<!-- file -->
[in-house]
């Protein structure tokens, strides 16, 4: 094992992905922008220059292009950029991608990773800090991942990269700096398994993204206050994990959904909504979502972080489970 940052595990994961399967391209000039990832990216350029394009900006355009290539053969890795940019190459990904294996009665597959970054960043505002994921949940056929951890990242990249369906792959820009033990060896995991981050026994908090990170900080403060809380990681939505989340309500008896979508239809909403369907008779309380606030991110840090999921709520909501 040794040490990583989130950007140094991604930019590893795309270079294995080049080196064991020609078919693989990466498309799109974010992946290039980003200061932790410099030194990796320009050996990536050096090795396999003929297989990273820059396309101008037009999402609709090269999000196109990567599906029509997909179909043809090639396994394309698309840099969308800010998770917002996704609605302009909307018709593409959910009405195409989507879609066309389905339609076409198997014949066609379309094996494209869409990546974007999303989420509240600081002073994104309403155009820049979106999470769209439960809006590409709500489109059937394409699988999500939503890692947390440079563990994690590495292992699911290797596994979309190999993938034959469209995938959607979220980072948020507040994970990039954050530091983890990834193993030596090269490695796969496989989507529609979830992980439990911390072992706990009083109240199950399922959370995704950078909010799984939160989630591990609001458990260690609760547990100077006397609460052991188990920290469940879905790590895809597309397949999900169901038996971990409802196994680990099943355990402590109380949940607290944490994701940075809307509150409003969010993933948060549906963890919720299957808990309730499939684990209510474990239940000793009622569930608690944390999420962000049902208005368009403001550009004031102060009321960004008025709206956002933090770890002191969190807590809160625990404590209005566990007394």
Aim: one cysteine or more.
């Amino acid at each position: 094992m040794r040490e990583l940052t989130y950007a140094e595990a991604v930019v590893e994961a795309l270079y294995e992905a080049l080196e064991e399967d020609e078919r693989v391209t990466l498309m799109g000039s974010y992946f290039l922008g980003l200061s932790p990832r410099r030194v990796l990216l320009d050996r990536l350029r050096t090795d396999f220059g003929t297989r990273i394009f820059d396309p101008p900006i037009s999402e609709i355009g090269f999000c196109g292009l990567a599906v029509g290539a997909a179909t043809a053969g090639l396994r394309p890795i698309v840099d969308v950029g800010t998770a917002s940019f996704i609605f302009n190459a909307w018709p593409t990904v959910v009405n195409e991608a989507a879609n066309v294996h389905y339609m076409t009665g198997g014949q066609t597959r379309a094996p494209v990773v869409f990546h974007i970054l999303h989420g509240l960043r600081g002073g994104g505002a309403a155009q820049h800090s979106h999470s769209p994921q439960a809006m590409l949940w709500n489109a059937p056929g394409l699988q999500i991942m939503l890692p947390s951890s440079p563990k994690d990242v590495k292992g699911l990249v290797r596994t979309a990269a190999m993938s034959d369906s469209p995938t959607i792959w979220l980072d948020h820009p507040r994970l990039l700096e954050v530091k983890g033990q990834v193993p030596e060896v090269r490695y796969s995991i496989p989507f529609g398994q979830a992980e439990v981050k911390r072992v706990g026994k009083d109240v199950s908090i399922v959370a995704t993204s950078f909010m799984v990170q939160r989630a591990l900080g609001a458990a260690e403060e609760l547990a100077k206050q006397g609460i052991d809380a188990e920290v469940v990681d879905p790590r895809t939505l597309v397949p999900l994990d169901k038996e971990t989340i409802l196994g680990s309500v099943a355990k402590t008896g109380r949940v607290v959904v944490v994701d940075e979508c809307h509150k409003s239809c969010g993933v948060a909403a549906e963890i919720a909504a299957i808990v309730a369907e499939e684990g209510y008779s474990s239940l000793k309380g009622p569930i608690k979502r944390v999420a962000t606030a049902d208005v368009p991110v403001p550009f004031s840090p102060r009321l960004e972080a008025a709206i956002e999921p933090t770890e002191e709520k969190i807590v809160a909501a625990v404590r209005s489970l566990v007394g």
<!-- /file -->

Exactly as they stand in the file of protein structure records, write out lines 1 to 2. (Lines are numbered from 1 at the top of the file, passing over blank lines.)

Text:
[in-house]
């Protein structure tokens, strides 16, 4: 094992992905922008220059292009950029991608990773800090991942990269700096398994993204206050994990959904909504979502972080489970 940052595990994961399967391209000039990832990216350029394009900006355009290539053969890795940019190459990904294996009665597959970054960043505002994921949940056929951890990242990249369906792959820009033990060896995991981050026994908090990170900080403060809380990681939505989340309500008896979508239809909403369907008779309380606030991110840090999921709520909501 040794040490990583989130950007140094991604930019590893795309270079294995080049080196064991020609078919693989990466498309799109974010992946290039980003200061932790410099030194990796320009050996990536050096090795396999003929297989990273820059396309101008037009999402609709090269999000196109990567599906029509997909179909043809090639396994394309698309840099969308800010998770917002996704609605302009909307018709593409959910009405195409989507879609066309389905339609076409198997014949066609379309094996494209869409990546974007999303989420509240600081002073994104309403155009820049979106999470769209439960809006590409709500489109059937394409699988999500939503890692947390440079563990994690590495292992699911290797596994979309190999993938034959469209995938959607979220980072948020507040994970990039954050530091983890990834193993030596090269490695796969496989989507529609979830992980439990911390072992706990009083109240199950399922959370995704950078909010799984939160989630591990609001458990260690609760547990100077006397609460052991188990920290469940879905790590895809597309397949999900169901038996971990409802196994680990099943355990402590109380949940607290944490994701940075809307509150409003969010993933948060549906963890919720299957808990309730499939684990209510474990239940000793009622569930608690944390999420962000049902208005368009403001550009004031102060009321960004008025709206956002933090770890002191969190807590809160625990404590209005566990007394």